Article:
5/17/10 - the erie canal

In today's excerpt - the Eric Canal. In 1825, Philadelphia was still the largest city in America, with New York City and Boston close behind. But then New York opened the Erie Canal, a massive government project that connected its ports to the Midwest via the Great Lakes. Scorned derisively as "Clinton's Folly," or "Clinton's Ditch" after New York Governor and canal proponent, DeWitt Clinton, when it opened New York City almost instantly became the greatest boomtown the world had ever seen:

"In the early nineteenth century, New York was a large town, but it had a number of peers, including Philadelphia. The key decision that vaulted New York to prominence was the decision to build the Erie Canal. In John Steele Gordon's account of America's rise to an 'empire of wealth,' he noted the importance of that canal.

"The Erie Canal ... turned New York into the greatest boomtown the world has ever known. Manhattan's population grew to 202,000 in 1830, 313,000 in 1840, 516,000 in 1850, and 814,000 in 1860. ... In 1800 about 9 percent of the country's exports passed through the port of New York. By 1860, it was 62 percent, as the city became what the Boston poet and physician Oliver Wendell Holmes (the father of the Supreme Court justice) rather grumpily described as 'that tongue that is licking up the cream of commerce and finance of a continent.'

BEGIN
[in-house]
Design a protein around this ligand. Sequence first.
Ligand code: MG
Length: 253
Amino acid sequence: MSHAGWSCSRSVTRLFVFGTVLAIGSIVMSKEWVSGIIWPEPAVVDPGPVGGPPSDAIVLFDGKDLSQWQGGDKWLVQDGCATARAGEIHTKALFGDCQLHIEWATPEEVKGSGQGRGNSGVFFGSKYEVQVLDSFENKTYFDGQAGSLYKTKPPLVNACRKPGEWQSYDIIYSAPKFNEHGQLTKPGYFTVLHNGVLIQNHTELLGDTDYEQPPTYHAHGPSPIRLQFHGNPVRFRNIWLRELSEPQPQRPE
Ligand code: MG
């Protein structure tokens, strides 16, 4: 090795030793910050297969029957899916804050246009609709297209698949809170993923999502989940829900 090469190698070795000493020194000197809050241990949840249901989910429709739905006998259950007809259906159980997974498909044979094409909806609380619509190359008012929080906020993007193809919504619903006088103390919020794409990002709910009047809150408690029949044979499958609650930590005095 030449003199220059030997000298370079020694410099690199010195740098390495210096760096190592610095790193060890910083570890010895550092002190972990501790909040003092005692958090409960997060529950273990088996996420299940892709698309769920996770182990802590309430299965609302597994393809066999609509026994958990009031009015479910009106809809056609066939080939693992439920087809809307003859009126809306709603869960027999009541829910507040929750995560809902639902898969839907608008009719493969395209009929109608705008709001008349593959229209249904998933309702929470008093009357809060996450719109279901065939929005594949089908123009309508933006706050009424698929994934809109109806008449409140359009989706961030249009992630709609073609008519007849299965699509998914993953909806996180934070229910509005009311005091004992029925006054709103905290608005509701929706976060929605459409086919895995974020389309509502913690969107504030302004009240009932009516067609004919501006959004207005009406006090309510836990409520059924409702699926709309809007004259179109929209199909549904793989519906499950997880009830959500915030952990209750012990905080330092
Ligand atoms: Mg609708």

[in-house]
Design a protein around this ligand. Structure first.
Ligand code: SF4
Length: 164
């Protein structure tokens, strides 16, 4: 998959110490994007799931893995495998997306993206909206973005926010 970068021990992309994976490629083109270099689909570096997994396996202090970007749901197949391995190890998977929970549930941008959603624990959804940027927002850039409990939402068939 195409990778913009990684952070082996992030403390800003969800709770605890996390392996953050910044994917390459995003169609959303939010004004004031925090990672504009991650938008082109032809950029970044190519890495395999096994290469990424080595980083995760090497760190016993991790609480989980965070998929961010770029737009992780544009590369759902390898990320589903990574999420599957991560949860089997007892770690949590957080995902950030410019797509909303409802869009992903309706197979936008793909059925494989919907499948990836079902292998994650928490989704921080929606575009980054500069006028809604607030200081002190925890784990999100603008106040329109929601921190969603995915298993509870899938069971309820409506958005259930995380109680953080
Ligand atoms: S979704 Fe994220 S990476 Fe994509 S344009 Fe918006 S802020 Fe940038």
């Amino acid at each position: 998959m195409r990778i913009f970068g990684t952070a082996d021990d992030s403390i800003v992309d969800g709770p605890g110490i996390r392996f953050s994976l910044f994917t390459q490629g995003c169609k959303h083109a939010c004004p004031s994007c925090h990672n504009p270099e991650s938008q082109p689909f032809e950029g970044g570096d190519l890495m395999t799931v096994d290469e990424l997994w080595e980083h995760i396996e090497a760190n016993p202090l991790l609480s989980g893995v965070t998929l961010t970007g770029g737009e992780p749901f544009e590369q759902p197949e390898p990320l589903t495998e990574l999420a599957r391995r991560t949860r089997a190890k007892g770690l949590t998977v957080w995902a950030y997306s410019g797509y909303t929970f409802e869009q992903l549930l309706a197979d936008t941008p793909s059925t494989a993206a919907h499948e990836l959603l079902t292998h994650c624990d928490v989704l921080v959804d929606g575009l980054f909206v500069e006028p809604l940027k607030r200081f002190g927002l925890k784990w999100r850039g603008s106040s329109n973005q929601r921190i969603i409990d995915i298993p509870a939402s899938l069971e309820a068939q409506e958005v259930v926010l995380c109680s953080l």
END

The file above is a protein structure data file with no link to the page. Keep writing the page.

"These figures are for Manhattan—the surrounding parts of what is now New York City were growing as well. This explosion was all due to the Erie Canal. Before the canal, it had taken three weeks at a cost of $120 to move a ton of flour from Buffalo to New York City. After the canal's construction, it took eight days and cost $6. Gordon remarked that, before the canal was even completed, 'the Times of London saw it coming, writing that year [1822] that the canal would make New York City the 'London of the New World.' The Times was right. It was the Erie Canal that gave the Empire State its commercial empire and made New York the nation's imperial city. That was when the position of New York as an economic powerhouse was first firmly established, and the title has yet to be relinquished."


Douglas Wilson


Five Cities That Ruled The World


Thomas Nelson, Inc.


Copyright 2009 by Douglas Wilson


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